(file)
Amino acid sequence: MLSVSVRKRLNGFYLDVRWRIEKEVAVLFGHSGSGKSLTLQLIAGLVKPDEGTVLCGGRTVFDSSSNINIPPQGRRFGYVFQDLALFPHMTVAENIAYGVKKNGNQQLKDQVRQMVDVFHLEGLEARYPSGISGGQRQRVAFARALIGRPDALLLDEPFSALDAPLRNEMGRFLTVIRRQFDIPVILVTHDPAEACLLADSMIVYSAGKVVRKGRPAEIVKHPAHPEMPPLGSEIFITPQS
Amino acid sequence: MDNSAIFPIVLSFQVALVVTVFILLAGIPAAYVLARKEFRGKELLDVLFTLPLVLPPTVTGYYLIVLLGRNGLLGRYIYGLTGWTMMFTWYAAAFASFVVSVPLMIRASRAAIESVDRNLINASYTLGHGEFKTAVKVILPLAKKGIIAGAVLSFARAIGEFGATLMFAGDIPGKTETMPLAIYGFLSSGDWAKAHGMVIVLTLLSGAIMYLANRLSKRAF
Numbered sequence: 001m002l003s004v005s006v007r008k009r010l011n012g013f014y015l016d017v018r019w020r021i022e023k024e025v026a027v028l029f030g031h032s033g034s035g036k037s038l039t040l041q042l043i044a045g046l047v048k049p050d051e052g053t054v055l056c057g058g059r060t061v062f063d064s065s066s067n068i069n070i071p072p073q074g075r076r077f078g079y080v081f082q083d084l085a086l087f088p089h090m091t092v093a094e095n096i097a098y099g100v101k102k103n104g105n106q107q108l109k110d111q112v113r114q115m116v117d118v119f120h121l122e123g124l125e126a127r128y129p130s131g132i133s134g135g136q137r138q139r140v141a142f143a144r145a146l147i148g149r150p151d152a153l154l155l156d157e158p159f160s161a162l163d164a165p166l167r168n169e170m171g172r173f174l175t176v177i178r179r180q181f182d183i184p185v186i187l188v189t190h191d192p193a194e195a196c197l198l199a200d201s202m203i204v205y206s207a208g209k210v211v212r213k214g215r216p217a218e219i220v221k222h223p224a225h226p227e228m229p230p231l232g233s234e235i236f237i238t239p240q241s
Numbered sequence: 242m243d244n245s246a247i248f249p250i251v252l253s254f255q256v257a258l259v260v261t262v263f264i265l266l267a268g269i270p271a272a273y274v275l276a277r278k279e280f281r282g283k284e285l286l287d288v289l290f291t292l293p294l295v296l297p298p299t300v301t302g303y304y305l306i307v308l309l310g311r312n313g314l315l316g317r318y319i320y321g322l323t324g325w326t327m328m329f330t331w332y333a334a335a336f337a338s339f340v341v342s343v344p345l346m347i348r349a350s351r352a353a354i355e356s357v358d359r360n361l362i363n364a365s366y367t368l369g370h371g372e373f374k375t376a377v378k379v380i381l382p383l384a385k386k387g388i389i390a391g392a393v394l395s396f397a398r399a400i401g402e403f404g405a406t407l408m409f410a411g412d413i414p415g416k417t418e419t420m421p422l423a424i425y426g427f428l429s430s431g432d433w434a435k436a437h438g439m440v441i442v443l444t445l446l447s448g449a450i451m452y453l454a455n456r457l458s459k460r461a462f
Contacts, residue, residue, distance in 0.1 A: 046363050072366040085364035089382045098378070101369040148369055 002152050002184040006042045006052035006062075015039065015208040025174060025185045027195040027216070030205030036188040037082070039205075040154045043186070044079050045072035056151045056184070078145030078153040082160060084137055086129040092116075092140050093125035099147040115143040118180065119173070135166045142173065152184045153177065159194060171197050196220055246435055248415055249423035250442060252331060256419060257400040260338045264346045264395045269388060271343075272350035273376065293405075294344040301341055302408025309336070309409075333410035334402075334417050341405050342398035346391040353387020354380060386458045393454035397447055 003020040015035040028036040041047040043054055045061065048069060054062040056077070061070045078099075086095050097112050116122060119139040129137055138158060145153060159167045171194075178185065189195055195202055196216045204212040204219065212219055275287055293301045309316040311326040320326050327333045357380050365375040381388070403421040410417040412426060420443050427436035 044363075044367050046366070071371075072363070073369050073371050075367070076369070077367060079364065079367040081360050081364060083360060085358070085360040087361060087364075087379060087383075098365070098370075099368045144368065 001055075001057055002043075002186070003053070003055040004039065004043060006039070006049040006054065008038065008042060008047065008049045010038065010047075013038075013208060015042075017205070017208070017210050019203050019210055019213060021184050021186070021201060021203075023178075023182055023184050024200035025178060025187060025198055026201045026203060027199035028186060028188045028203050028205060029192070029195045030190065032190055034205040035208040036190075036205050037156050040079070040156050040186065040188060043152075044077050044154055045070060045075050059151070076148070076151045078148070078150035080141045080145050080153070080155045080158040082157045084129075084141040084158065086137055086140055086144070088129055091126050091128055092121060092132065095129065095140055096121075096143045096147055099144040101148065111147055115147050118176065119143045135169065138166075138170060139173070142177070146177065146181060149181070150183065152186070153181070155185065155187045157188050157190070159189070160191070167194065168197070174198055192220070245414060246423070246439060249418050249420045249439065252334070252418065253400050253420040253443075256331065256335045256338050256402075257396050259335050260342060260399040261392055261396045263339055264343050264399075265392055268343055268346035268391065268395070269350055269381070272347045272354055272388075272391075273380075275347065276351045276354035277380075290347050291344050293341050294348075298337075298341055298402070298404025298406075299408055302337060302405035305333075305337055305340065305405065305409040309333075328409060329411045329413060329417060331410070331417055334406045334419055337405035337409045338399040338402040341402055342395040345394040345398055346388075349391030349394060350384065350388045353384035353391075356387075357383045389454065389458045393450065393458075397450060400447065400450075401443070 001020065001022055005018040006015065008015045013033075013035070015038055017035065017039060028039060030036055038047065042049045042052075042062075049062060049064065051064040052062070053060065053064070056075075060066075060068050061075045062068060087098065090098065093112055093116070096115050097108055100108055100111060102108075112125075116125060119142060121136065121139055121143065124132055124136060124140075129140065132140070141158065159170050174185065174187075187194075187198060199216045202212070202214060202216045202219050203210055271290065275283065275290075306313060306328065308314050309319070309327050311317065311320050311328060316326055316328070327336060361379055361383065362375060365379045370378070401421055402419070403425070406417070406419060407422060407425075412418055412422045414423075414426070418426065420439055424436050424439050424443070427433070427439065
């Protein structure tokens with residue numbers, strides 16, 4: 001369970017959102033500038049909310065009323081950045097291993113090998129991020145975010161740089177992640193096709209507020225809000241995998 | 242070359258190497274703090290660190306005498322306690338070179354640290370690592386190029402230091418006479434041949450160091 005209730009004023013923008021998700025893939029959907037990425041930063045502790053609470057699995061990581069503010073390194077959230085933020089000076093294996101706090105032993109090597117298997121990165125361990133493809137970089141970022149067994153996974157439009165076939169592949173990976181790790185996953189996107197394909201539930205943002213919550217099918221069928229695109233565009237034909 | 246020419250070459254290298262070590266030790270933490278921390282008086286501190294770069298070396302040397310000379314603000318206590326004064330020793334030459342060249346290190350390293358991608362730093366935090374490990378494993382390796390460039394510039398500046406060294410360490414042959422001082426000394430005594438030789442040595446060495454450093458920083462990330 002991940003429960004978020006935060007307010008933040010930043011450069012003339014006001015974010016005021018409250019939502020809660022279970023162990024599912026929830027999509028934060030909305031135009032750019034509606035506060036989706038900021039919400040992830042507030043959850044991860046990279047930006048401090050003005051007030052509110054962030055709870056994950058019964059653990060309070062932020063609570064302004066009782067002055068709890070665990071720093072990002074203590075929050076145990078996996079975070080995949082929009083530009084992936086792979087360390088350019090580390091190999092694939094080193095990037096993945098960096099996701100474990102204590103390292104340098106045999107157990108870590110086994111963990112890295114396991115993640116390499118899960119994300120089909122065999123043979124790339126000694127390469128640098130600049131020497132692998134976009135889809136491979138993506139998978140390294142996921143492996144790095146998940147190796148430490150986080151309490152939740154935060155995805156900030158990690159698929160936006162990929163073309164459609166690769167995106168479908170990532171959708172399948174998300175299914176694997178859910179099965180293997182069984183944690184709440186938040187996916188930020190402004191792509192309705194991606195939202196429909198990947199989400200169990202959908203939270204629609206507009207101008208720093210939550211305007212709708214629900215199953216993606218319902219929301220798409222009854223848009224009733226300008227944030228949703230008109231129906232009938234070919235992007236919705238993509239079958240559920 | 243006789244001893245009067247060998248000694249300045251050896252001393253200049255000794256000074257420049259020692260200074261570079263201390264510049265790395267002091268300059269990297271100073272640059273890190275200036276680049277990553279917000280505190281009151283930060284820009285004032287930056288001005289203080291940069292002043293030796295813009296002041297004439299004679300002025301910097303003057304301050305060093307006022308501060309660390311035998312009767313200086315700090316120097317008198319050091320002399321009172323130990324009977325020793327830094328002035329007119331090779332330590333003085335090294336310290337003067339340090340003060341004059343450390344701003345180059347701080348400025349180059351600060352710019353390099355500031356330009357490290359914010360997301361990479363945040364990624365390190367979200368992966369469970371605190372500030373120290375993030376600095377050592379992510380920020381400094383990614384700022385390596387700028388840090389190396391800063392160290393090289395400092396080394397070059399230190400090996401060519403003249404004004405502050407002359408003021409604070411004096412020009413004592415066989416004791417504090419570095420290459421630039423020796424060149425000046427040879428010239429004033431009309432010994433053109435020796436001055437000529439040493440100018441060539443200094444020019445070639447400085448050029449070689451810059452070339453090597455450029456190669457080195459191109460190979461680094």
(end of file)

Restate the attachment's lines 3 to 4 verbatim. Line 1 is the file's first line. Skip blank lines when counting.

Numbered sequence: 001m002l003s004v005s006v007r008k009r010l011n012g013f014y015l016d017v018r019w020r021i022e023k024e025v026a027v028l029f030g031h032s033g034s035g036k037s038l039t040l041q042l043i044a045g046l047v048k049p050d051e052g053t054v055l056c057g058g059r060t061v062f063d064s065s066s067n068i069n070i071p072p073q074g075r076r077f078g079y080v081f082q083d084l085a086l087f088p089h090m091t092v093a094e095n096i097a098y099g100v101k102k103n104g105n106q107q108l109k110d111q112v113r114q115m116v117d118v119f120h121l122e123g124l125e126a127r128y129p130s131g132i133s134g135g136q137r138q139r140v141a142f143a144r145a146l147i148g149r150p151d152a153l154l155l156d157e158p159f160s161a162l163d164a165p166l167r168n169e170m171g172r173f174l175t176v177i178r179r180q181f182d183i184p185v186i187l188v189t190h191d192p193a194e195a196c197l198l199a200d201s202m203i204v205y206s207a208g209k210v211v212r213k214g215r216p217a218e219i220v221k222h223p224a225h226p227e228m229p230p231l232g233s234e235i236f237i238t239p240q241s
Numbered sequence: 242m243d244n245s246a247i248f249p250i251v252l253s254f255q256v257a258l259v260v261t262v263f264i265l266l267a268g269i270p271a272a273y274v275l276a277r278k279e280f281r282g283k284e285l286l287d288v289l290f291t292l293p294l295v296l297p298p299t300v301t302g303y304y305l306i307v308l309l310g311r312n313g314l315l316g317r318y319i320y321g322l323t324g325w326t327m328m329f330t331w332y333a334a335a336f337a338s339f340v341v342s343v344p345l346m347i348r349a350s351r352a353a354i355e356s357v358d359r360n361l362i363n364a365s366y367t368l369g370h371g372e373f374k375t376a377v378k379v380i381l382p383l384a385k386k387g388i389i390a391g392a393v394l395s396f397a398r399a400i401g402e403f404g405a406t407l408m409f410a411g412d413i414p415g416k417t418e419t420m421p422l423a424i425y426g427f428l429s430s431g432d433w434a435k436a437h438g439m440v441i442v443l444t445l446l447s448g449a450i451m452y453l454a455n456r457l458s459k460r461a462f